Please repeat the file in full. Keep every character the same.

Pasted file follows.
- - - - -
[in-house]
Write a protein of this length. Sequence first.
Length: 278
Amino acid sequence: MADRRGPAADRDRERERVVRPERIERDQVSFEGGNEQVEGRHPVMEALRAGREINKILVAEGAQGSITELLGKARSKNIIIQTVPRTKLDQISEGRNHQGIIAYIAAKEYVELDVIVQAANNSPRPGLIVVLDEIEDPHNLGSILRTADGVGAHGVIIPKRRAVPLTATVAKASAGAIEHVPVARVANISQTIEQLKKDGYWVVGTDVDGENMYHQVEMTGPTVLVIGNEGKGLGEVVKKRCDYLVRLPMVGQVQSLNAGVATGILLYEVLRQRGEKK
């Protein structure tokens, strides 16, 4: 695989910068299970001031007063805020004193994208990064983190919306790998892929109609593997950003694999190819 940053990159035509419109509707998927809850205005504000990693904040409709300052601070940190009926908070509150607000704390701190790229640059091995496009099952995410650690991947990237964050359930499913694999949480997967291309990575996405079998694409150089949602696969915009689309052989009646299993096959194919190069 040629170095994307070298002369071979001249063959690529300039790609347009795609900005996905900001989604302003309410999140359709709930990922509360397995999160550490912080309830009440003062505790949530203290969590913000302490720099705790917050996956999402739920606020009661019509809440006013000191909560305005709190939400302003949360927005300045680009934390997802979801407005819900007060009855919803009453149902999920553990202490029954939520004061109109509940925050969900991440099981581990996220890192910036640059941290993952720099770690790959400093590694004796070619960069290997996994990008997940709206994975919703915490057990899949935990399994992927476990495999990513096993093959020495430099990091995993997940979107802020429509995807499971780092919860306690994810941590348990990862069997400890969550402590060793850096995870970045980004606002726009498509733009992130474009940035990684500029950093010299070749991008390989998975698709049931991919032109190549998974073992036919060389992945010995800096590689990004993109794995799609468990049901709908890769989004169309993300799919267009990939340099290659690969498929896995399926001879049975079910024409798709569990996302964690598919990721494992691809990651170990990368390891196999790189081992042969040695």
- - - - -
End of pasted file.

[in-house]
Write a protein of this length. Sequence first.
Length: 278
Amino acid sequence: MADRRGPAADRDRERERVVRPERIERDQVSFEGGNEQVEGRHPVMEALRAGREINKILVAEGAQGSITELLGKARSKNIIIQTVPRTKLDQISEGRNHQGIIAYIAAKEYVELDVIVQAANNSPRPGLIVVLDEIEDPHNLGSILRTADGVGAHGVIIPKRRAVPLTATVAKASAGAIEHVPVARVANISQTIEQLKKDGYWVVGTDVDGENMYHQVEMTGPTVLVIGNEGKGLGEVVKKRCDYLVRLPMVGQVQSLNAGVATGILLYEVLRQRGEKK
């Protein structure tokens, strides 16, 4: 695989910068299970001031007063805020004193994208990064983190919306790998892929109609593997950003694999190819 940053990159035509419109509707998927809850205005504000990693904040409709300052601070940190009926908070509150607000704390701190790229640059091995496009099952995410650690991947990237964050359930499913694999949480997967291309990575996405079998694409150089949602696969915009689309052989009646299993096959194919190069 040629170095994307070298002369071979001249063959690529300039790609347009795609900005996905900001989604302003309410999140359709709930990922509360397995999160550490912080309830009440003062505790949530203290969590913000302490720099705790917050996956999402739920606020009661019509809440006013000191909560305005709190939400302003949360927005300045680009934390997802979801407005819900007060009855919803009453149902999920553990202490029954939520004061109109509940925050969900991440099981581990996220890192910036640059941290993952720099770690790959400093590694004796070619960069290997996994990008997940709206994975919703915490057990899949935990399994992927476990495999990513096993093959020495430099990091995993997940979107802020429509995807499971780092919860306690994810941590348990990862069997400890969550402590060793850096995870970045980004606002726009498509733009992130474009940035990684500029950093010299070749991008390989998975698709049931991919032109190549998974073992036919060389992945010995800096590689990004993109794995799609468990049901709908890769989004169309993300799919267009990939340099290659690969498929896995399926001879049975079910024409798709569990996302964690598919990721494992691809990651170990990368390891196999790189081992042969040695």